Whether we think about it or not, most of us are likely investing in real estate just by owning a home. Even though we use our home for shelter, it is part of our investment portfolio, net worth, and likely our estate planning. That said, our investment in our home is just one way to invest in real estate.
Why invest in real estate?
Real estate investments are a great way to further diversify your stocks, bonds, and other types of investments. Real estate values can change on different cycles to stocks and bonds, making it a great diversification to your total portfolio.
How can I invest in real estate?
There are lots of ways to invest in real estate directly. Here are some quick ideas:
If you have the ability/desire, you can buy a vacation / rental home. Depending on the location, you can generate reliable income that can not only pay for expenses but also reap a profit for you as well.
It is not uncommon for first time home buyers to buy a duplex as their first home: living in one unit and renting out the 2nd unit. That 2nd unit rent can pay for the mortgage on the entire duplex!
Partner with a general contractor or handyman and invest in multiple units that can be rented out to both cover costs (including loan payments, repairs, etc.) and potentially some profit. All of these require you (and/or a partner) to be able to either take on significant debt OR have liquid funds at the ready to make these large purchases.
What if you don’t want to own physical property, but still want to invest in real estate?
There are investment vehicles where you do NOT have to own any physical real estate, and still diversify with real estate investments:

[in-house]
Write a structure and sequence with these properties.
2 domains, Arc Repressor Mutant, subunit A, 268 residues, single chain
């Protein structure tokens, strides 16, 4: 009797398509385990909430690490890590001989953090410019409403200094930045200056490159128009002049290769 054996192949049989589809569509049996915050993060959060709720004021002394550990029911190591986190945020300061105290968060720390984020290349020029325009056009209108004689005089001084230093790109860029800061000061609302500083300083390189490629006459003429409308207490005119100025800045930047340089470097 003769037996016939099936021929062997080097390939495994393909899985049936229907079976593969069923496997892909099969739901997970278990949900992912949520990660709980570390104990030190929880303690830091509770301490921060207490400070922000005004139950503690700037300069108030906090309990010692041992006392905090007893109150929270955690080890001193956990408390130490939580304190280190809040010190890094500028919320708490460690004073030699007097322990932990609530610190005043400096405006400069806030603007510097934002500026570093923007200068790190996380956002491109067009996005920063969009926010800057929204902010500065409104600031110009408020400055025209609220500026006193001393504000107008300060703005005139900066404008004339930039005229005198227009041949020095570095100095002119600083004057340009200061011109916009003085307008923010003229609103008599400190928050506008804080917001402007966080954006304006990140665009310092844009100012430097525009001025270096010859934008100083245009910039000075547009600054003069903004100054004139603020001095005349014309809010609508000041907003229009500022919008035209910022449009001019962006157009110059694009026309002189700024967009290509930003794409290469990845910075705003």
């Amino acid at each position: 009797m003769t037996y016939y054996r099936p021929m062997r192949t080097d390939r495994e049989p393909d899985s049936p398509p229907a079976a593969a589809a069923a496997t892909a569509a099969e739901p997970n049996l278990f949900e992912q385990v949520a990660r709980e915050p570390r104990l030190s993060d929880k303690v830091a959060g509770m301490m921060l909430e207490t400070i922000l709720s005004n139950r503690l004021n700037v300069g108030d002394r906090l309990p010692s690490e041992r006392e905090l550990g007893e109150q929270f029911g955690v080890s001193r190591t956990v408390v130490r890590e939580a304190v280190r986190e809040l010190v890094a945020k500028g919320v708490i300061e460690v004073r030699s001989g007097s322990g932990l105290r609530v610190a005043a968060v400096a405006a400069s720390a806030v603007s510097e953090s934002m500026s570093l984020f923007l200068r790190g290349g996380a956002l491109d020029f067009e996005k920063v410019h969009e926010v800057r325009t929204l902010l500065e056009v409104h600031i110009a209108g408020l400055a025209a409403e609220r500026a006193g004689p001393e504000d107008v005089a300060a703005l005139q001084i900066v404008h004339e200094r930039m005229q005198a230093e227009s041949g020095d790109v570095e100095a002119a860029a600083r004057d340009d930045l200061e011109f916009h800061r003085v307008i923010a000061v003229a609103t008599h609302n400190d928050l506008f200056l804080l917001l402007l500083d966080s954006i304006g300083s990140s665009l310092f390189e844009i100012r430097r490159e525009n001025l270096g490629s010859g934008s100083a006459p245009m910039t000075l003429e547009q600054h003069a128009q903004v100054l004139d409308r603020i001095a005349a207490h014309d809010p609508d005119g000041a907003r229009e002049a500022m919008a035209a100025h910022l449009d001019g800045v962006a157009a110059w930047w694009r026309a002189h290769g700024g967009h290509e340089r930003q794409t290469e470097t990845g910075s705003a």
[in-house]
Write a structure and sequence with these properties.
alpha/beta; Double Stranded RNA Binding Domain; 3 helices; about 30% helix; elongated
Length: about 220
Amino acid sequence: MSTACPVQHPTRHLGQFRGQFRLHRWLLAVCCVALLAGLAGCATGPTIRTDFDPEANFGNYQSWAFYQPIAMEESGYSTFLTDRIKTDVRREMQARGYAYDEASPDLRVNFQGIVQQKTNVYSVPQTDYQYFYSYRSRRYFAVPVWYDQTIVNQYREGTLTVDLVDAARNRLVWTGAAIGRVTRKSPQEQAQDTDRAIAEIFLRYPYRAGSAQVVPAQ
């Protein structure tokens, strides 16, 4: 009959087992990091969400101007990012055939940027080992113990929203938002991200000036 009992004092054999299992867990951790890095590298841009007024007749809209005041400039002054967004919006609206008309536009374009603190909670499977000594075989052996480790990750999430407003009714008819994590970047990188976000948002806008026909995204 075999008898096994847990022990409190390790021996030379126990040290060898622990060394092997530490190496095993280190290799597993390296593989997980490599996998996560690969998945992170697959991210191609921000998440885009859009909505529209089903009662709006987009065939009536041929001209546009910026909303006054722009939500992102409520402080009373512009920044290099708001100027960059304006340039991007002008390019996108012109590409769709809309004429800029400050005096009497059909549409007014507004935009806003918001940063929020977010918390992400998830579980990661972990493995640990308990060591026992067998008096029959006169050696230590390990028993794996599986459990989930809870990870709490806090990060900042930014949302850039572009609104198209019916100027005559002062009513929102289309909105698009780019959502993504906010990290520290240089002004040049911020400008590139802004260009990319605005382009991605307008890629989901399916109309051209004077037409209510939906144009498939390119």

Real Estate Investment Trusts (REIT’s) come in many different flavors. REIT’s are investment vehicles that invest directly in real estate through properties or mortgages. REIT’s pay out dividends based on their taxable profits, as required by law. We buy shares of these just like shares of any company.
Real Estate Mutual Funds are mutual funds that invest in REIT’s, real-estate stocks and/or indices. These mutual funds are bought and sold just like any mutual fund.
Home Builder / Construction Funds are mutual or exchange traded funds that invest in companies that build homes and/or commercial properties. They also have holdings for wood, steel and various hardware components that are needed to build new properties. While technically not real estate, they closely track real estate trends from an investment perspective. “NAIL” is an ETF example of this.
The advantage with these options is that you can buy and sell like any other stock or mutual fund. No large cash infusion or taking on debt is needed for these options.
If you’d like to discuss any of these options or discuss what portion of your portfolio you might consider for real estate investments, please let me know!